Food for Thought or Thought from food?

Book review of Michael Pollan's "The Omnivore's Dilemma" by Alyssa Peteani, serving with Champlain Housing Trust

omnivores-dilemmaThe Omnivore’s Dilemma examines the way we look at our food system here in the United States. Through examination of our current industrial system, organic, self-sustaining farms and hunter gather, Pollan weaves an incredible story of our food from start to finish.

At first glance the Omnivore’s Dilemma doesn't seem to relate to my service here at the Champlain Housing Trust. However, I found there were more similarities between our natural and built world than I had ever realized.

This became especially poignant when Michael Pollan visited the Polyface Farm in Virginia. Polyface Farm is run by Joel Salatin and is the purest example of organic that Pollan came across in a self-sustaining farm. There are no chemicals used on the farm and every aspect of the farm’s activity is carefully planned. Trees are planted around the outskirts of the farm to break up wind coming through the farm. This ensured that the grass used all of its energy to produce nutrients and sugars instead of holding itself up against the harsh winds. The grass is then eaten by the cows who are rotated from field to field to ensure that fields aren’t depleted of nutrients and fertility. Chickens follow the cows in order to eat the grubs in the manure, which rid any parasites. The chickens also aerate the soil by peck and scratching at the ground. Chicken manure is then left behind providing rich, organic nitrogen into the soil. Pigs, turkeys, rabbits and other animals also play a similar role in the natural upkeep of the farm. Each entity in this farm is a “holon,” which is derived from the Greek “holos” to mean “simultaneously a part and a whole.” Every aspect, down to the smallest particle, plays an essential part in the success and growth of the farm.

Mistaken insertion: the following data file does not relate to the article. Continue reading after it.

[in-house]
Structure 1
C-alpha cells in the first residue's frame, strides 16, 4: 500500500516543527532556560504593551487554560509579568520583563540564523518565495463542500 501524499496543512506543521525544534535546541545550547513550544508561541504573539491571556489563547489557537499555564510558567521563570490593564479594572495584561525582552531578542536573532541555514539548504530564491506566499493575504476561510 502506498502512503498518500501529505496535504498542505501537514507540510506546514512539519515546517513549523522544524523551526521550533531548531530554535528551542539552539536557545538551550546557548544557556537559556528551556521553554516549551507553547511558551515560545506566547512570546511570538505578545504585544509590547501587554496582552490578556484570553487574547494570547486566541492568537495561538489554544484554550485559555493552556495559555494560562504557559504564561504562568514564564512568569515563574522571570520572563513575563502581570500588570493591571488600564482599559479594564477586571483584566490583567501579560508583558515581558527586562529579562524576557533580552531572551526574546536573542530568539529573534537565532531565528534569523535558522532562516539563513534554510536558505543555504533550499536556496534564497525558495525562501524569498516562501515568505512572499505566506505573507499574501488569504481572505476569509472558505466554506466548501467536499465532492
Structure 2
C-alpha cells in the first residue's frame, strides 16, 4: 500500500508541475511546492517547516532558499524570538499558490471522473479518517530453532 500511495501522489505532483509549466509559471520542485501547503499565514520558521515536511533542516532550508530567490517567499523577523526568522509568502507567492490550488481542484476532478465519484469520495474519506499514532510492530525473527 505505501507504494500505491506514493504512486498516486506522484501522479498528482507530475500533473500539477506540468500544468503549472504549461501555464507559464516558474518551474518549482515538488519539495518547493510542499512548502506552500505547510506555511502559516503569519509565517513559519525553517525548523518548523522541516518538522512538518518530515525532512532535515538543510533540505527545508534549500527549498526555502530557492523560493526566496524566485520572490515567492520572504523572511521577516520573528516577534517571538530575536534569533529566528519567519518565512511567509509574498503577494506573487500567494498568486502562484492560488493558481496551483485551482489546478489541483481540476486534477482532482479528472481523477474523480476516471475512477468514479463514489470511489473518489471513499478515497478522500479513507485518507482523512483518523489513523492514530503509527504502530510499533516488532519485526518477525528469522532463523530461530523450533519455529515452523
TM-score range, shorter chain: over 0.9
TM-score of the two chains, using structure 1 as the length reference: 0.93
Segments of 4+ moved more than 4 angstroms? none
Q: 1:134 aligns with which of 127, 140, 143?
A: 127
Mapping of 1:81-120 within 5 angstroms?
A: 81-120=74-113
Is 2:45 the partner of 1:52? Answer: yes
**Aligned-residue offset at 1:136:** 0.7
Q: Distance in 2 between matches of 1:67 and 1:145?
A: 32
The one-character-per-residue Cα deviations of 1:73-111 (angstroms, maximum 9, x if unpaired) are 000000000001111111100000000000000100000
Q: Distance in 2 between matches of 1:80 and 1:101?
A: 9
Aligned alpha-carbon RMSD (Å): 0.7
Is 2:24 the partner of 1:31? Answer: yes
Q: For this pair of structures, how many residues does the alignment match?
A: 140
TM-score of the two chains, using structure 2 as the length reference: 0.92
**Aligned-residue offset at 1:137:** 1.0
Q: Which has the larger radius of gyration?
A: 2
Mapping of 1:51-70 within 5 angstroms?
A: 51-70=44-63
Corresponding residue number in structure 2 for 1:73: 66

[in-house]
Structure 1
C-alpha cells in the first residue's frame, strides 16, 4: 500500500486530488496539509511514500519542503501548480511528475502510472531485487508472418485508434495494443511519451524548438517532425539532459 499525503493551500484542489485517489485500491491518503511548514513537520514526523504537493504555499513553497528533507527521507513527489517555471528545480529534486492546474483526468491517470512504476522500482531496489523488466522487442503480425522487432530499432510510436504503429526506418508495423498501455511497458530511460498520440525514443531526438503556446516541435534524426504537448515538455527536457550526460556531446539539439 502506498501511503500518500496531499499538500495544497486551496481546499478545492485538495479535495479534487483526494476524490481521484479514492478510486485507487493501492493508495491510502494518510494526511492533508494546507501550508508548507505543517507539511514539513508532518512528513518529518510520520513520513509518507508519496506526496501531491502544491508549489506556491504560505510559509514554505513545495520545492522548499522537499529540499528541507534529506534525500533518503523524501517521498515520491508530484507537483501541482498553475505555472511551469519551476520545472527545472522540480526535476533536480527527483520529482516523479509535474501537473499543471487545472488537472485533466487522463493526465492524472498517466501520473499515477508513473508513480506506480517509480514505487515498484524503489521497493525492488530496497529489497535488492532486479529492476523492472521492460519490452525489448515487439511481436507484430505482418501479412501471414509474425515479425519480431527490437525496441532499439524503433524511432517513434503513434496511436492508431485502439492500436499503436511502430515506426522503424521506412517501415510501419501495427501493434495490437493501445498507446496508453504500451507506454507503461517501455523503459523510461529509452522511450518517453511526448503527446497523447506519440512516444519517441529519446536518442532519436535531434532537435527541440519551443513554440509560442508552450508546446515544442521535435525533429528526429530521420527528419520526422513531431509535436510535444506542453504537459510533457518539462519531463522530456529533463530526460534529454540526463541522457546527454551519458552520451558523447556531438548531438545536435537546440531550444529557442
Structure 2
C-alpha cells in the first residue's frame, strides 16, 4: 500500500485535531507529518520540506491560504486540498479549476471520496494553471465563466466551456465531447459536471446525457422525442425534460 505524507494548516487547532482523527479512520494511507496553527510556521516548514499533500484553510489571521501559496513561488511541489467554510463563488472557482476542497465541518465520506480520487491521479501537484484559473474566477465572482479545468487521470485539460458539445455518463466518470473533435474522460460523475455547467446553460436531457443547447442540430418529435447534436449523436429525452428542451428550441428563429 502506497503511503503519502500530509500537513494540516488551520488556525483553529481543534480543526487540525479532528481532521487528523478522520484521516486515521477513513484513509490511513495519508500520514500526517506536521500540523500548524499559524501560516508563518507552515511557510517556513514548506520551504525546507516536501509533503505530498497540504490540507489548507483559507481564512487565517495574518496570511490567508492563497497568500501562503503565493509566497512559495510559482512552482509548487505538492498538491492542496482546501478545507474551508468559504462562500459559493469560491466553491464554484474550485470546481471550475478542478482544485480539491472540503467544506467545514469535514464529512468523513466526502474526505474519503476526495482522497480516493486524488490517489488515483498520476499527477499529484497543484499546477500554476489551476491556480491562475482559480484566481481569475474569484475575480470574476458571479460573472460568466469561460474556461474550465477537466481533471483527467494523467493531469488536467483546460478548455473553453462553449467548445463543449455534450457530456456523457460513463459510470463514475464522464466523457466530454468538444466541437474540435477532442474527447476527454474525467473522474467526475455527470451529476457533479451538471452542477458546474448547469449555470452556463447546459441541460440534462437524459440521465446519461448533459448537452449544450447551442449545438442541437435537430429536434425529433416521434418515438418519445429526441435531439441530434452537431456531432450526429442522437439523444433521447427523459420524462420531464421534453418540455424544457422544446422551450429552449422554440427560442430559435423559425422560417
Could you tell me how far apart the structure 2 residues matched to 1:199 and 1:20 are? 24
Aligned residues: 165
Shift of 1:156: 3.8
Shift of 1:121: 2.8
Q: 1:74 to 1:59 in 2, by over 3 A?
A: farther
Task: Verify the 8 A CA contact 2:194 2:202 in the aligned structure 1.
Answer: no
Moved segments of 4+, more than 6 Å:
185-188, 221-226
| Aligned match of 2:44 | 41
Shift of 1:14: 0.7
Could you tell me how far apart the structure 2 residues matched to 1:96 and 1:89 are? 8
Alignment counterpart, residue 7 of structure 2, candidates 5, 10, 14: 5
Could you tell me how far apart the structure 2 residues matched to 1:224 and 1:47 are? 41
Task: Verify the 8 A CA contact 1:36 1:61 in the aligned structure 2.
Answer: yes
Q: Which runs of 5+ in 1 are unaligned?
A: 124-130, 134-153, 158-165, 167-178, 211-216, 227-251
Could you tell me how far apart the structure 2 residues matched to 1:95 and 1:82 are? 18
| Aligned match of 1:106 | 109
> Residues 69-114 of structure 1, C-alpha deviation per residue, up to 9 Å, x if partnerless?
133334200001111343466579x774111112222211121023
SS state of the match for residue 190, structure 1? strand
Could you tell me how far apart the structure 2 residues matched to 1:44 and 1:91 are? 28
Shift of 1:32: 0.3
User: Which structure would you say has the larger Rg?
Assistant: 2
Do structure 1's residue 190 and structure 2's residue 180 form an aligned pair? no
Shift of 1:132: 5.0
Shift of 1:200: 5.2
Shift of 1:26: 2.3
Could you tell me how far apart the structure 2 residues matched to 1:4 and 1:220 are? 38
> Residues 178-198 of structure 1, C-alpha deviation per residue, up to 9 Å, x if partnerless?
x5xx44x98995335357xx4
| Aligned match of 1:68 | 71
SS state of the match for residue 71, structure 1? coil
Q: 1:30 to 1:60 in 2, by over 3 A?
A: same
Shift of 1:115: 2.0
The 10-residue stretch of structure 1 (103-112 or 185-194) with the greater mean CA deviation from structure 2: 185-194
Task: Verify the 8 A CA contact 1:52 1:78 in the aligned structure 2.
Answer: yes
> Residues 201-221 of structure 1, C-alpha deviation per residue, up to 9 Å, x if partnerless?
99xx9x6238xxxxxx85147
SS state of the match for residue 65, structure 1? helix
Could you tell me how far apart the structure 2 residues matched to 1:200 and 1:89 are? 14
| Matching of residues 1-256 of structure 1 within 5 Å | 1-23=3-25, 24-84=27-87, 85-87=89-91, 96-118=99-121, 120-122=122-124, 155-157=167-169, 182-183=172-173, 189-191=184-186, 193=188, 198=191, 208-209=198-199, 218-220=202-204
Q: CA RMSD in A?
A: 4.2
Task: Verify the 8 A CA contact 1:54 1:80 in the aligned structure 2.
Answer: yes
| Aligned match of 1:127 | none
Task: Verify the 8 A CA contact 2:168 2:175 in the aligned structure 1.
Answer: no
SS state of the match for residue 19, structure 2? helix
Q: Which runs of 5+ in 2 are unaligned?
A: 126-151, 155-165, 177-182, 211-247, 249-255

This concept become especially obvious during my AmeriCorps site visit. I was asked to reflect on my service thus far at the Champlain Housing Trust. I had been so embedded in my work that it was very refreshing to step back. I spoke of how much I learned during my training and how I've grown as a person. But, there was a piece to my service that seemed the most important. I felt more interconnected with everyone around me. Everyone who I had and will come in contact with had something to teach me. Everyone I met knew something I didn’t. I began to look at the people around me as holons within themselves. We all have our own lives but we’re also part of the whole that is all around us.

I joked with my director about how I had actually met her almost a year back while I was in college. I was a history student taking notes at a housing roundtable event for my work-study job. I had no idea what I wanted to do after college and felt overwhelmed with the idea of trying to find a career path after graduation. When I first arrived I walked into to the elevator to join another woman waiting. I had no idea who she was or what her role was but we chatted in the elevator anyway. Looking back I think it’s amazing how blissfully unaware I was that in years’ time I would be happily working in her office on a career path I never thought I’d be on. What seemed to me as a transient conversation with a woman I never thought I’d see again turned out to be the beginning of a very rewarding service that would finally point me in the right direction.

VHCB AmeriCorps is a program of the
Vermont Housing & Conservation Board.

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